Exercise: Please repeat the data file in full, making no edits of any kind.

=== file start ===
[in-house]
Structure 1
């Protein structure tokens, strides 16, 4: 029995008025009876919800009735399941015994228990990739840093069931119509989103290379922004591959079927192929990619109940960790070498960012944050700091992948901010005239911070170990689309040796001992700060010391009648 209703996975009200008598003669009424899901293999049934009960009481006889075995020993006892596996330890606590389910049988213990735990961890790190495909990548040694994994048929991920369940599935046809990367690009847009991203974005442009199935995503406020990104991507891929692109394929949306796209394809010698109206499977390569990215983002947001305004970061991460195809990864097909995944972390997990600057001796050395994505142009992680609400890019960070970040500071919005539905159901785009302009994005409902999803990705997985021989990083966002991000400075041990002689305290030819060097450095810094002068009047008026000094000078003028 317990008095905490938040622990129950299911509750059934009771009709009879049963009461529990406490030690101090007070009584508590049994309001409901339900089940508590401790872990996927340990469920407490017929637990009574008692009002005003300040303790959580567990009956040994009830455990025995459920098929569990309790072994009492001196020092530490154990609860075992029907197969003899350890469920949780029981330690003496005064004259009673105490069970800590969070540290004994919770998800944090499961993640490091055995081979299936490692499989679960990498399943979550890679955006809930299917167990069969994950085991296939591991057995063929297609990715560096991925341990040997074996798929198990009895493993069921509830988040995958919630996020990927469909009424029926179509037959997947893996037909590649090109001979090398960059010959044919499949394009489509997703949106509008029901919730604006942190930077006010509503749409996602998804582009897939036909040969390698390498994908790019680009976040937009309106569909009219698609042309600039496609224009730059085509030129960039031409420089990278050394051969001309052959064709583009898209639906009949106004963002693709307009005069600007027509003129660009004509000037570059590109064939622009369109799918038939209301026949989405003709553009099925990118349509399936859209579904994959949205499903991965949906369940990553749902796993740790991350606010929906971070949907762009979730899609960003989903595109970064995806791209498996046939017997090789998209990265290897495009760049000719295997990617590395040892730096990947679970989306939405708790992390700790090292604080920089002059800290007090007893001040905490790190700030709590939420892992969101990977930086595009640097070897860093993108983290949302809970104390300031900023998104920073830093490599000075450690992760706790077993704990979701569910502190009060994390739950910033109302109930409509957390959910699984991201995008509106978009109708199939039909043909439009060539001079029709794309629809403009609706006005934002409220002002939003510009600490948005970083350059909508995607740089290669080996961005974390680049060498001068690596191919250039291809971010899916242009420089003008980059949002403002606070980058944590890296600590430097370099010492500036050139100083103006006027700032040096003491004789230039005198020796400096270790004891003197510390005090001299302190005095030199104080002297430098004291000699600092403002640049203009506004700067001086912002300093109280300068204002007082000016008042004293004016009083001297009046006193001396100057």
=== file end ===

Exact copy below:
[in-house]
Structure 1
């Protein structure tokens, strides 16, 4: 029995008025009876919800009735399941015994228990990739840093069931119509989103290379922004591959079927192929990619109940960790070498960012944050700091992948901010005239911070170990689309040796001992700060010391009648 209703996975009200008598003669009424899901293999049934009960009481006889075995020993006892596996330890606590389910049988213990735990961890790190495909990548040694994994048929991920369940599935046809990367690009847009991203974005442009199935995503406020990104991507891929692109394929949306796209394809010698109206499977390569990215983002947001305004970061991460195809990864097909995944972390997990600057001796050395994505142009992680609400890019960070970040500071919005539905159901785009302009994005409902999803990705997985021989990083966002991000400075041990002689305290030819060097450095810094002068009047008026000094000078003028 317990008095905490938040622990129950299911509750059934009771009709009879049963009461529990406490030690101090007070009584508590049994309001409901339900089940508590401790872990996927340990469920407490017929637990009574008692009002005003300040303790959580567990009956040994009830455990025995459920098929569990309790072994009492001196020092530490154990609860075992029907197969003899350890469920949780029981330690003496005064004259009673105490069970800590969070540290004994919770998800944090499961993640490091055995081979299936490692499989679960990498399943979550890679955006809930299917167990069969994950085991296939591991057995063929297609990715560096991925341990040997074996798929198990009895493993069921509830988040995958919630996020990927469909009424029926179509037959997947893996037909590649090109001979090398960059010959044919499949394009489509997703949106509008029901919730604006942190930077006010509503749409996602998804582009897939036909040969390698390498994908790019680009976040937009309106569909009219698609042309600039496609224009730059085509030129960039031409420089990278050394051969001309052959064709583009898209639906009949106004963002693709307009005069600007027509003129660009004509000037570059590109064939622009369109799918038939209301026949989405003709553009099925990118349509399936859209579904994959949205499903991965949906369940990553749902796993740790991350606010929906971070949907762009979730899609960003989903595109970064995806791209498996046939017997090789998209990265290897495009760049000719295997990617590395040892730096990947679970989306939405708790992390700790090292604080920089002059800290007090007893001040905490790190700030709590939420892992969101990977930086595009640097070897860093993108983290949302809970104390300031900023998104920073830093490599000075450690992760706790077993704990979701569910502190009060994390739950910033109302109930409509957390959910699984991201995008509106978009109708199939039909043909439009060539001079029709794309629809403009609706006005934002409220002002939003510009600490948005970083350059909508995607740089290669080996961005974390680049060498001068690596191919250039291809971010899916242009420089003008980059949002403002606070980058944590890296600590430097370099010492500036050139100083103006006027700032040096003491004789230039005198020796400096270790004891003197510390005090001299302190005095030199104080002297430098004291000699600092403002640049203009506004700067001086912002300093109280300068204002007082000016008042004293004016009083001297009046006193001396100057």